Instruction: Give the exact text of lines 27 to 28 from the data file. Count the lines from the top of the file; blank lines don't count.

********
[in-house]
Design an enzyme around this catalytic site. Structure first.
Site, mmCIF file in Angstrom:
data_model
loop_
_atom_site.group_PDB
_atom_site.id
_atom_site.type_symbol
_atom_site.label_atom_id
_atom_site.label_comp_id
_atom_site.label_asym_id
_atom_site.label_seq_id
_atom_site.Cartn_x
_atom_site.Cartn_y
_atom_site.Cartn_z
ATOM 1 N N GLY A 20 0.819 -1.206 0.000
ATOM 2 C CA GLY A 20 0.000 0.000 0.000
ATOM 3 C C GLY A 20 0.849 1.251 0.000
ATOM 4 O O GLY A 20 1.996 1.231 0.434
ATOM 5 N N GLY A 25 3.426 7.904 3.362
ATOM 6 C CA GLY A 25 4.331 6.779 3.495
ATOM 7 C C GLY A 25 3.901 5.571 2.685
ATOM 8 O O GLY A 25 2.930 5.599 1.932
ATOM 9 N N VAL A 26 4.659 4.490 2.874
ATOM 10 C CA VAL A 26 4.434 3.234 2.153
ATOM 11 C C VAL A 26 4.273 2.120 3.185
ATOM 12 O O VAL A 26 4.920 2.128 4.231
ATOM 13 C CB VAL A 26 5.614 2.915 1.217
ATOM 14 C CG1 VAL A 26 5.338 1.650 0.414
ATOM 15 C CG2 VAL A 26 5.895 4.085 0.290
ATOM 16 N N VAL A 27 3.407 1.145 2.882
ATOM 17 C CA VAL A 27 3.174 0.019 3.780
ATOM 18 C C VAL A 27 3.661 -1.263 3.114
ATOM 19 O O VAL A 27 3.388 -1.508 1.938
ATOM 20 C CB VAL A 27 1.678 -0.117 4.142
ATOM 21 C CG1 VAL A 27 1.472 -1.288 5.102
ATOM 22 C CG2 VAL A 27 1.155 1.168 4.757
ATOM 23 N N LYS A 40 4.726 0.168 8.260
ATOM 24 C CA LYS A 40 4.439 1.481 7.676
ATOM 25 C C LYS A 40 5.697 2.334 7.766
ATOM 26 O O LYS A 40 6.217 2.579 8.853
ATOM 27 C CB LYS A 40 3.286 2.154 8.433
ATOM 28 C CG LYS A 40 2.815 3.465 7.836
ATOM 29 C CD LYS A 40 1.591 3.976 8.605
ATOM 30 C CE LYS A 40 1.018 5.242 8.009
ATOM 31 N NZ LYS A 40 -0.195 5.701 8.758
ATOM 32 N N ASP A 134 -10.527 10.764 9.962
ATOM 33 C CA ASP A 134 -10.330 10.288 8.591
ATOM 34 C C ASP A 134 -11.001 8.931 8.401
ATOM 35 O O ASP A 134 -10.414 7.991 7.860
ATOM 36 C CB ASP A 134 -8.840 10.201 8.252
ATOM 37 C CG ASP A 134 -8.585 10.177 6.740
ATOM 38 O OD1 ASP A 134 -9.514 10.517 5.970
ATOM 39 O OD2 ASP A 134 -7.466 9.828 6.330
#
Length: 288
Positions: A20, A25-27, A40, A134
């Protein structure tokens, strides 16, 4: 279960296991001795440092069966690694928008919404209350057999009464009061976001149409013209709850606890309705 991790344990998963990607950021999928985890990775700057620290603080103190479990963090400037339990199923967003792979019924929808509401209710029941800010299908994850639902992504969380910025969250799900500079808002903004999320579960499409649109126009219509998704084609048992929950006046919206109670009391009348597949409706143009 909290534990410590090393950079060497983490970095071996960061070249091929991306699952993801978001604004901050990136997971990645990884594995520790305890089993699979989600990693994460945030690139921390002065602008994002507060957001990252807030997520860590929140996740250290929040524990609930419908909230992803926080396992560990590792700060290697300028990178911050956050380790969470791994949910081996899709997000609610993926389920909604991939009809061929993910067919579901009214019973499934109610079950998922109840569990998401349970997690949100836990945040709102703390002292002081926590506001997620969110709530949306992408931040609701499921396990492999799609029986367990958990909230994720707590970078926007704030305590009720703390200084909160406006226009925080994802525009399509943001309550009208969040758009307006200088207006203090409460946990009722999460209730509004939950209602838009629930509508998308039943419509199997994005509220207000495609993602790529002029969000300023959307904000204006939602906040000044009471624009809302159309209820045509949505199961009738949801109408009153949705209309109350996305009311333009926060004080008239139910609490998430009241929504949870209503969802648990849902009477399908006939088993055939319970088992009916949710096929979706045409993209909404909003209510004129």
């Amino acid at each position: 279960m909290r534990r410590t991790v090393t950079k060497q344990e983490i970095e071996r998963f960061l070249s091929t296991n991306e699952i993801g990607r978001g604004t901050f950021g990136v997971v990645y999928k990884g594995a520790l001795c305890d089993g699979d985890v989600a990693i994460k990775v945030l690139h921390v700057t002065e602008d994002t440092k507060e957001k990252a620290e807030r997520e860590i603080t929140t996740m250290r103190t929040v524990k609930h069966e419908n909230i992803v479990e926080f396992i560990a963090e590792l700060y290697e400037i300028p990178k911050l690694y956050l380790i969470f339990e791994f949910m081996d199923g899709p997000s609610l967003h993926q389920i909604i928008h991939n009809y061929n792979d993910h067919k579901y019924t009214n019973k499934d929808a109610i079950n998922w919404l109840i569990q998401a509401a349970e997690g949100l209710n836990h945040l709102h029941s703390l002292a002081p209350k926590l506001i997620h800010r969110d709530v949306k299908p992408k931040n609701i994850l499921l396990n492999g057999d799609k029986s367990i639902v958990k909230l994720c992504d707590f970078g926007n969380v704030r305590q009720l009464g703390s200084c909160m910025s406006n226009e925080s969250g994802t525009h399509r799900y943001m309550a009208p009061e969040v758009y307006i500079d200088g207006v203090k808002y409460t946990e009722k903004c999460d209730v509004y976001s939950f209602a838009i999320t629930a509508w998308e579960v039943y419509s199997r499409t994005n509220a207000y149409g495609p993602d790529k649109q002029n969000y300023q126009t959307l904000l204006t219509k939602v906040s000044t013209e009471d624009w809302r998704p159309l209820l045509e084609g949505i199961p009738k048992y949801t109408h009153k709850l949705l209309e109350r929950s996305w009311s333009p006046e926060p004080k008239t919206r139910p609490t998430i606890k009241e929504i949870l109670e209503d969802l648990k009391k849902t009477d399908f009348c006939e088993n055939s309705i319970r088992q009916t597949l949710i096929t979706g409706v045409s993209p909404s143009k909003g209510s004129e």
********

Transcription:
ATOM 12 O O VAL A 26 4.920 2.128 4.231
ATOM 13 C CB VAL A 26 5.614 2.915 1.217